The buck stops here for our dear Humbert. Nabokov takes a full 750+ words in this chapter to work up to the moment H.H. realizes the game is lost. The remaining half our author spends on their dialogue and Humbert’s frantic movements and fragmented thoughts, before the final shock.
The chapter is dappled as usual with little fourth wall breaks (“I think it was”, “I love to fool doctors”, “reader, I did”). The first paragraph establishes tension: Lolita may after all still be admitted to St. Algebra’s.
After that, the first half of the chapter is spent largely on H.H.’s sleeping pill plot. In a long, uninterrupted paragraph, his focus shifts from doctor to Lolita’s remaining days with him to his experiments on Charlotte and back to the doctor and his pills.
Dr. Byron is, of course, named after Lord Byron, an apt reference for this novel. (Lord Byron had an incestuous relationship with his half-sister.) His “sweet girleen” was mentioned in the class list earlier (Marguerite).
With Humbert’s plot, we are left to wonder what ever happened to his determination never to harm her, but to protect her innocence. That being said, he could still be planning merely to fondle her. (Is that any better?)
Notable in his description of his experiments on Charlotte is this wonderful parenthetical - again, Nabokov knows when to describe a scene exactly and when to allow the reader’s imagination to work.
However, when I had done such a simple thing as kiss her, she had awakened at once, as fresh and strong as an octopus (I barely escaped).
At the end of the paragraph, H.H. reiterates his deceptive nature - not only through his true plan for the pills but the concealment of his past at the sanitorium. Dr. Byron does have a rather sweet girleen…
Thus the reader is left to wonder if H.H.’s morals really are so far gone, if he really has given up on preserving Lolita’s purity.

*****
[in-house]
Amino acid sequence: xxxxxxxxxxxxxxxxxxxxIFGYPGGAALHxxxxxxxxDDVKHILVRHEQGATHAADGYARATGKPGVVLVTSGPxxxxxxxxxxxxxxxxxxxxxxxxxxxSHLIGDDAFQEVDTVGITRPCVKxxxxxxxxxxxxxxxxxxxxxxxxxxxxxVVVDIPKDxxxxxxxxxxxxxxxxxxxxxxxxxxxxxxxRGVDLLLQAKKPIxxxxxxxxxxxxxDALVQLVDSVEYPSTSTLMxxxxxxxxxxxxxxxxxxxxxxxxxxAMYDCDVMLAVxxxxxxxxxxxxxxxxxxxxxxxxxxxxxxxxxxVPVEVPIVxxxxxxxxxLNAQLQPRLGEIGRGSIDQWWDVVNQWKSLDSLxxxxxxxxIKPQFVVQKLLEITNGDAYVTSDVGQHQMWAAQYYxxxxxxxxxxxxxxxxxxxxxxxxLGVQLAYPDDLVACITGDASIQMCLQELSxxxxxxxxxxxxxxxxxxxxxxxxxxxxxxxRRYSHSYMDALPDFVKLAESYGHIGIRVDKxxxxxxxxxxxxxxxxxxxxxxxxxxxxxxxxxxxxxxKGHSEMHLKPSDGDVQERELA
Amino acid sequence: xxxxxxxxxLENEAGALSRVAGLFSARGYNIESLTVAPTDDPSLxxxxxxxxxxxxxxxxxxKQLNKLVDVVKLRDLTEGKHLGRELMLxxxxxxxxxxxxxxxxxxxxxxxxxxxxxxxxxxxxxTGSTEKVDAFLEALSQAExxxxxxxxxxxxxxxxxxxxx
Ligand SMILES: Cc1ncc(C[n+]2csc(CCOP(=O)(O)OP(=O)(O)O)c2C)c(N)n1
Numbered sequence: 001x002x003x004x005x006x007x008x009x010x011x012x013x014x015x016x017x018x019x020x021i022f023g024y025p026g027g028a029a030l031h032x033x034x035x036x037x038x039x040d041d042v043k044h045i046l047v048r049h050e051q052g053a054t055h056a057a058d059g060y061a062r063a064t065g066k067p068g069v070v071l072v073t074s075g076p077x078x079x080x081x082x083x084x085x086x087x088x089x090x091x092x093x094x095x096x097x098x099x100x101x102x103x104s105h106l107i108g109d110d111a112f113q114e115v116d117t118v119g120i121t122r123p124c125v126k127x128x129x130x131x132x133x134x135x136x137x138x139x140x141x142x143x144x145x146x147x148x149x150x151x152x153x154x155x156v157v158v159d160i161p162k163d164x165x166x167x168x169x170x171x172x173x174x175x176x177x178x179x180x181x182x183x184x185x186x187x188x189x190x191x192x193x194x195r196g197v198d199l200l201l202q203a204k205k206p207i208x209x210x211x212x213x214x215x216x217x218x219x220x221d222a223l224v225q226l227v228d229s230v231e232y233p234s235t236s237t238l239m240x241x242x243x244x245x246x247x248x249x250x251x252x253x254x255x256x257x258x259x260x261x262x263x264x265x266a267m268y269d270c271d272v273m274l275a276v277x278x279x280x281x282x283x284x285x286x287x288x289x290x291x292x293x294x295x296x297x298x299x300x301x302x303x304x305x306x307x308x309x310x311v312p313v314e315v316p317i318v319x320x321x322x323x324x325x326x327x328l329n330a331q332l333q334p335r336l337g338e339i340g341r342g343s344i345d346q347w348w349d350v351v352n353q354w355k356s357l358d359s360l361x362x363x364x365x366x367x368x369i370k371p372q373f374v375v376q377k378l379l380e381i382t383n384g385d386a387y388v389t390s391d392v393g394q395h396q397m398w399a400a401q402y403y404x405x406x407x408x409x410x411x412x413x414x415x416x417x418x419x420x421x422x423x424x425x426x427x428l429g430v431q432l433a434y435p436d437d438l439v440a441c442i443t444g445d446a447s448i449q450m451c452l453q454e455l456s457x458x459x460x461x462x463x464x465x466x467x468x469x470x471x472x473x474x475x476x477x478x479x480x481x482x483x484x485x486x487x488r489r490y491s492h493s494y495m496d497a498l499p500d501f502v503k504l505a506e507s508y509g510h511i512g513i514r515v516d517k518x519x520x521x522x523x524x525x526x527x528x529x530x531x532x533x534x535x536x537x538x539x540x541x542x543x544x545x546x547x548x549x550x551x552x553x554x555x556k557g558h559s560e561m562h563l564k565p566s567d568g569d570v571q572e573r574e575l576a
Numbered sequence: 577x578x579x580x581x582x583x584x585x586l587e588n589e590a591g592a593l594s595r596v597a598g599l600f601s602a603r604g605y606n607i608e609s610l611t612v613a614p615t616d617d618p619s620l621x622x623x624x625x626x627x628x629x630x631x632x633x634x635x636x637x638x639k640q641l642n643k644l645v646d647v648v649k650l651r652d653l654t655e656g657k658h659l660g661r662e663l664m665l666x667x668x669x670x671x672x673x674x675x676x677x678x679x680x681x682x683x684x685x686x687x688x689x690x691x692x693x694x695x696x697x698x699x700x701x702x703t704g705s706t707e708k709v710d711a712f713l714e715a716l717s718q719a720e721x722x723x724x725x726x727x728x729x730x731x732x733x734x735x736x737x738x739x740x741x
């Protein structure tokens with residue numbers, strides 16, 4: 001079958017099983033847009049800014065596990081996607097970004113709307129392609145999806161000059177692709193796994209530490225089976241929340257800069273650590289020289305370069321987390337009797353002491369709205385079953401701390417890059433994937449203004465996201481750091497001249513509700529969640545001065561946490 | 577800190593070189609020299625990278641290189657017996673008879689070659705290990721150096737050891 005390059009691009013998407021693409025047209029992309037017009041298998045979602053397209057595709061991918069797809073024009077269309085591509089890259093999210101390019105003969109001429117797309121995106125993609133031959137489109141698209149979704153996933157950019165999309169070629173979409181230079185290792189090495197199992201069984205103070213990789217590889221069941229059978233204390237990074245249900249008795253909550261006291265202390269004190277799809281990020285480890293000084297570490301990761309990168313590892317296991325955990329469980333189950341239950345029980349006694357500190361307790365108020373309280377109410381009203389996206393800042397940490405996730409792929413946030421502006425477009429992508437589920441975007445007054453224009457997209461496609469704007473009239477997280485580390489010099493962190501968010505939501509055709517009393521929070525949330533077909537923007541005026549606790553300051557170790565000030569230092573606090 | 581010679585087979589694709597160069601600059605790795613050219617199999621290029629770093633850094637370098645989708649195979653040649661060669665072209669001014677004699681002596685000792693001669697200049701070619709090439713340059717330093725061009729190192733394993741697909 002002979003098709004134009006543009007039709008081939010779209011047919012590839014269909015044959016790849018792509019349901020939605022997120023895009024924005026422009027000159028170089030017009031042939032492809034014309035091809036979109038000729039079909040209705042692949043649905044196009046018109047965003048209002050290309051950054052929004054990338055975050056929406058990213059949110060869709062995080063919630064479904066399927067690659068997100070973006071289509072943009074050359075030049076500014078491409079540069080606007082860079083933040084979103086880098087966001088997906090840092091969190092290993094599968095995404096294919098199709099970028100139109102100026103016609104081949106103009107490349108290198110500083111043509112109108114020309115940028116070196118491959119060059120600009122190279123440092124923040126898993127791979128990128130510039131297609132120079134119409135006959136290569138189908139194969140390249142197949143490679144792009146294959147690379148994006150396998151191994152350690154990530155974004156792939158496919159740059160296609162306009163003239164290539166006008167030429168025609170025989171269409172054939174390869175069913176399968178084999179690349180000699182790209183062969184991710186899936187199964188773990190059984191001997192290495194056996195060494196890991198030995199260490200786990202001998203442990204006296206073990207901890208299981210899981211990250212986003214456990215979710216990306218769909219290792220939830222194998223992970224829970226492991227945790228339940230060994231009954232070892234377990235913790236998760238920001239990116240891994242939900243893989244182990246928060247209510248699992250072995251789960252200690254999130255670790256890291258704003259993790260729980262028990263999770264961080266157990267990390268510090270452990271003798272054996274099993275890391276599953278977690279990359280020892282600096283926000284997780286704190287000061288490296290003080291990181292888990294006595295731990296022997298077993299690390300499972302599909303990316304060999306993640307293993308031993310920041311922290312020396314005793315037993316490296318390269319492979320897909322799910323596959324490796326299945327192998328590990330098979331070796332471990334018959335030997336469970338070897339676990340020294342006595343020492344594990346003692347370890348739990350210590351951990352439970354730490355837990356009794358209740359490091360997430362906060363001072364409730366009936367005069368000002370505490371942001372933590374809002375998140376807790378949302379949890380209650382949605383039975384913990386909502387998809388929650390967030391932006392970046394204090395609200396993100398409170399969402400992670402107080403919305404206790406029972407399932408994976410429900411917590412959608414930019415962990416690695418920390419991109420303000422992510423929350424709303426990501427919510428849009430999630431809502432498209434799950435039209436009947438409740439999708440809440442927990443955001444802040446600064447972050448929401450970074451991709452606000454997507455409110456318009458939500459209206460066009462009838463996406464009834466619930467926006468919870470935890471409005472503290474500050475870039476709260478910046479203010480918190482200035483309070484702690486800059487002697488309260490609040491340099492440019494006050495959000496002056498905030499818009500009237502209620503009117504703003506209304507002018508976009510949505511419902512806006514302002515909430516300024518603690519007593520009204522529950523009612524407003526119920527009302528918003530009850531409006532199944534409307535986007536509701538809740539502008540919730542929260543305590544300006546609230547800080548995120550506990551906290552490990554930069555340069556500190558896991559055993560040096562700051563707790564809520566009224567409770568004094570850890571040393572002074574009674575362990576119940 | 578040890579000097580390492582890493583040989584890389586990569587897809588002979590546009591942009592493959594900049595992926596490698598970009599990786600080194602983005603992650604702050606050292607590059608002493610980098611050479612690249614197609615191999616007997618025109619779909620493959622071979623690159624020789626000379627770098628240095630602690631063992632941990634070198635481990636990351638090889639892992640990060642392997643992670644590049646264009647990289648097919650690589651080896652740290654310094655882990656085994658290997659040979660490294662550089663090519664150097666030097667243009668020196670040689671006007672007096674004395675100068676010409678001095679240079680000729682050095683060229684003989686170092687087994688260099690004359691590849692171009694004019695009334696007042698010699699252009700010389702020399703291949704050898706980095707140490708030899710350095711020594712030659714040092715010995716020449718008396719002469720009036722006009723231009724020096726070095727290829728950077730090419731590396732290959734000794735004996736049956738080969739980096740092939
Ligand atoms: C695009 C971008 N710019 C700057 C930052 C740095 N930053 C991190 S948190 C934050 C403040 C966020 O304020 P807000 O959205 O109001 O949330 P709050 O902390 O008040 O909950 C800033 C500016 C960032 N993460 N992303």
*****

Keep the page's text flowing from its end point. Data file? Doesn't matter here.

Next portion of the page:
The next paragraph lingers on details before noting how “right” everything seemed - Nabokov is ominously tightening that rubber band of tension (with a wide grin on his face). We know, intuitively, that something is about to happen.
I left in great spirits. Steering my wife’s car with one finger, I contentedly rolled homeward. Ramsdale had, after all, lots of charm. The cicadas whirred; the avenue had been freshly watered. Smoothly, almost silkily, I turned down into our steep little street. Everything was somehow so right that day…
Note that when Humbert returns home, Charlotte is wearing again the same outfit she had on when he first met her. Everything in this novel comes full circle: it begins in prison and ends in an arrest, it even begins and ends with Lolita’s name. Now Charlotte, too, will come to an end.
Again, rare dialogue. Remember how in the previous chapter, Nabokov used the technique of describing rather than directly quoting Charlotte’s speech? Now it is Humbert Humbert whose “small but distinct voice” is silenced in fourth-wall-shattering asides.
“The Haze woman, the big bitch, the old cat, the obnoxious mama, the - the old stupid Haze is no longer your dupe. She had - she has…”
My fair accuser stopped, swallowing her venom and her tears. Whatever Humbert Humbert said - or attempted to say - is inessential. She went on:
“You’re a monster. You’re a detestable, abominable, criminal fraud. If you come near - I’ll scream out the window. Get back!”
Again, whatever H.H. murmured may be omitted, I think.
“I am leaving tonight. This is all yours. Only you’ll never, never see that miserable brat again. Get out of this room.”
Just who is the “I” who thinks whatever H.H. murmured may be omitted? Note that from the moment Charlotte opens her mouth, he is back in third person again. And then:
Reader, I did.
H.H. goes up to his studio, wherein the little table has been “raped.” Choice word, Nabokov. Choice. But then Humbert is eerily calm, and for once Nabokov withholds his cards, not telling us H.H.’s latest desperate strategy before he says:
“You are ruining my life and yours,” I said quietly. “Let us be civilized people. It is all your hallucination. You are crazy, Charlotte. The note you found were fragments of a novel. Your name and hers were put in by mere chance...”
How bold! First, H.H. of all people calls Charlotte crazy; then that as a novel’s main character he claims his own words to be fragments of a novel. Meta indeed. Thanks, modernism.
In the kitchen H.H. slips into a genius stream of consciousness. Only in such moments of crisis or ecstasy does H.H.'s control of the language slip - but of course, Nabokov’s does not. The fragmentation of his thoughts sets the reader up perfectly for the confusion that is to follow:
“Leslie speaking. Leslie Tomson,” said Leslie Tomson who favored a dip at dawn. “Mrs. Humbert, sir, has been run over and you’d better some quick.”
I answered, perhaps a bit testily, that my wife was safe and sound, and still holding the received, I pushed open the door and said:
“There’s this man saying you’ve been killed, Charlotte.”
But there was no Charlotte in the living room.